Abolitionist Harriet Tubman led an extraordinary life dedicated to the anti-slavery movement. After she escaped her master and joined the Underground Railroad, she guided more than 300 slaves to freedom over the span of a decade. During the Civil War, she served in the Union as a cook, a nurse and even a spy.
Remarkable is an understatement to describe one of America's greatest heroes, and her story finally gets the big screen treatment. HARRIET is the first major motion picture about Tubman, her incredible journey and unbreakable spirit.
Recently, AMC sat down with HARRIET director Kasi Lemmons and stars Cynthia Erivo and Leslie Odom Jr. to discuss the significance of the film and Tubman's accomplishments. What surprised Lemmons during her research was that Tubman's motivation began with her family.
"I think it makes her so much more accessible, as opposed to her heroism being abstract, that it was motivated by something we can all relate to, which is wanting to save her family," Lemmons said.
After Tubman first fled from Maryland to Pennsylvania, she came back to get her husband. "Learning that she put love first is really a wonderful thing for me," Erivo echoed. "It meant that she is sort of grounded."
In total, she returned to the South 19 times to lead her siblings, parents and other slaves to freedom. She was so successful, she became known among the slave owners out to get her as "Moses" — she was assumed to be a man.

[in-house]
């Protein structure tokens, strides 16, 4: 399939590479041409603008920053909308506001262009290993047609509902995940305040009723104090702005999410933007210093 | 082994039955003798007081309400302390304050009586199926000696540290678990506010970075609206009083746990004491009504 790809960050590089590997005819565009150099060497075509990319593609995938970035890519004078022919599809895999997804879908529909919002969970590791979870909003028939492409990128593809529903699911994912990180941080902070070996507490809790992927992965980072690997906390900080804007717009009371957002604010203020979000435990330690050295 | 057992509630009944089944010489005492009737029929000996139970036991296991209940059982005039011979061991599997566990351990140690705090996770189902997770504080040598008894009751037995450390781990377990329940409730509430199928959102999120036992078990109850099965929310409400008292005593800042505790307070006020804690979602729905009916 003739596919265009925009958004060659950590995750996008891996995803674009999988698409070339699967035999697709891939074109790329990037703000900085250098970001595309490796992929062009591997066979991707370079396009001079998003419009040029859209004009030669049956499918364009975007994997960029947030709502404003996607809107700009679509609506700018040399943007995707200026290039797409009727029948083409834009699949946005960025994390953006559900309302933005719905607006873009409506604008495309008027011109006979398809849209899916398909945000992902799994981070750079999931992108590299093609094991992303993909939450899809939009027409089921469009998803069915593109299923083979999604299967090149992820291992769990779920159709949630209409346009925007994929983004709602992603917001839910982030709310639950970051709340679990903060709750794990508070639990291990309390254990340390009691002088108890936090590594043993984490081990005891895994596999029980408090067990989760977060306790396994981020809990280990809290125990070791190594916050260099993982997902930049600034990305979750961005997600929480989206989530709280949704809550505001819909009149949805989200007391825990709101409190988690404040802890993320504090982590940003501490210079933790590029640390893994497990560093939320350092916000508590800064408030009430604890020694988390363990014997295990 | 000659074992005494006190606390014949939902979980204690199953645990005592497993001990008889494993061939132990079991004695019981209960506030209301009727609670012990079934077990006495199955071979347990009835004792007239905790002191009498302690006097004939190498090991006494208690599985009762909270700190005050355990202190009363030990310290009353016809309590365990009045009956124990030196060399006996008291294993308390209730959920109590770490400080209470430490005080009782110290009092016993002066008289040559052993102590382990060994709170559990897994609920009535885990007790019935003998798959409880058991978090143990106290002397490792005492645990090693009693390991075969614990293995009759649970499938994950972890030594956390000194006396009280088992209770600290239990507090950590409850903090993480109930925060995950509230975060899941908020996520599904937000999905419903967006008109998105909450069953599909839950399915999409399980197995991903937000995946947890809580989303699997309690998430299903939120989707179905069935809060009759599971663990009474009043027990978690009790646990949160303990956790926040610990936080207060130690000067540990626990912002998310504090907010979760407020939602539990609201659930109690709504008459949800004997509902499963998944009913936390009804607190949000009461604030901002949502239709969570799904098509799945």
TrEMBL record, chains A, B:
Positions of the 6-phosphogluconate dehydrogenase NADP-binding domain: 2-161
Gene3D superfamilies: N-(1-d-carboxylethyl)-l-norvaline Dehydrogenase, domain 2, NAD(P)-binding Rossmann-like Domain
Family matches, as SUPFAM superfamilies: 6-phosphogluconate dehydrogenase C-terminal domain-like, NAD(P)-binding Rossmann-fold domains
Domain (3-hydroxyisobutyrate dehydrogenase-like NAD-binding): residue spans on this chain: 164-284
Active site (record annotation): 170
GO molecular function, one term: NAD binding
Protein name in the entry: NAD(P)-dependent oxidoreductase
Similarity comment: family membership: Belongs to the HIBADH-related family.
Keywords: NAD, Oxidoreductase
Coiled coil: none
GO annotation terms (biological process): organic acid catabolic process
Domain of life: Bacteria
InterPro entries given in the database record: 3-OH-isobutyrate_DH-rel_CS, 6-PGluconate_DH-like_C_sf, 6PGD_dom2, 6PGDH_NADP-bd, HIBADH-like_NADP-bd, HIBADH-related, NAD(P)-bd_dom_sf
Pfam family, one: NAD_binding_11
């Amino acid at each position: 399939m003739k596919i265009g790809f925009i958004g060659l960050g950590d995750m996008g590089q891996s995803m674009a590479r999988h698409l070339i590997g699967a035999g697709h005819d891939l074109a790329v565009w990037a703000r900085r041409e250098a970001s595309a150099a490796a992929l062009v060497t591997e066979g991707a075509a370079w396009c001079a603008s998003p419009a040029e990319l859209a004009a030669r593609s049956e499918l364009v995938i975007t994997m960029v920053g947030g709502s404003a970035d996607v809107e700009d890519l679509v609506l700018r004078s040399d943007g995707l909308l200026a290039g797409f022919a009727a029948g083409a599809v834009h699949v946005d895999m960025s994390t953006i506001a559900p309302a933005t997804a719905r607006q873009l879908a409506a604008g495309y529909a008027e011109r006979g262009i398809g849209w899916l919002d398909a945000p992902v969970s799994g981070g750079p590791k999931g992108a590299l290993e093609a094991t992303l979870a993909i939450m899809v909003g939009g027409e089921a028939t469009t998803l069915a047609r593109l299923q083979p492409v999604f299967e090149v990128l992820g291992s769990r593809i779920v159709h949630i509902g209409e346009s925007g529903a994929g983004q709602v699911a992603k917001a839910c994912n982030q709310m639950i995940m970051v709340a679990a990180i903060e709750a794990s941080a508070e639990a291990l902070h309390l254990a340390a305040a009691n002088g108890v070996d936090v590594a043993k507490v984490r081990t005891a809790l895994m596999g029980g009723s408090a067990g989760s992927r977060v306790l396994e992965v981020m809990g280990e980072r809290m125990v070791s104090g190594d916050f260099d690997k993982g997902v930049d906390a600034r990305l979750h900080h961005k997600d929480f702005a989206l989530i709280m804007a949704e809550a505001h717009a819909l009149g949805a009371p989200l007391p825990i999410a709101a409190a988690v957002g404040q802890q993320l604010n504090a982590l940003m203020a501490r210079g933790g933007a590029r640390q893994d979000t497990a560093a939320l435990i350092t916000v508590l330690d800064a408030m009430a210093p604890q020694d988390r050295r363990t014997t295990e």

"It’s the idea that if a young, small woman with very little means can take her determination and her knowledge of what is right in the world and change the world, we have no excuse," Erivo said. Hear more in our exclusive interview.
It's worth noting that though Tubman is the main focus of the film, there is another important historical figure you will meet in HARRIET. William Still, played by Leslie Odom Jr., was the father of the Underground Railroad and one of the first people Tubman met when she arrived in Pennsylvania. "William was full bodied on the front lines of the moment, of the revolution... very different life from Harriet, very different portrait of black life," Odom explained.
William Still was born free, but his mother was a slave who had to leave her other children behind when she escaped (after her third try). That stayed with Still and fueled his fire to fight against slavery.
The only way to truly understand the historical significance and emotional impact of Tubman's story is to see HARRIET on the big screen. The biopic opens this weekend at an AMC theatre near you, so get tickets now.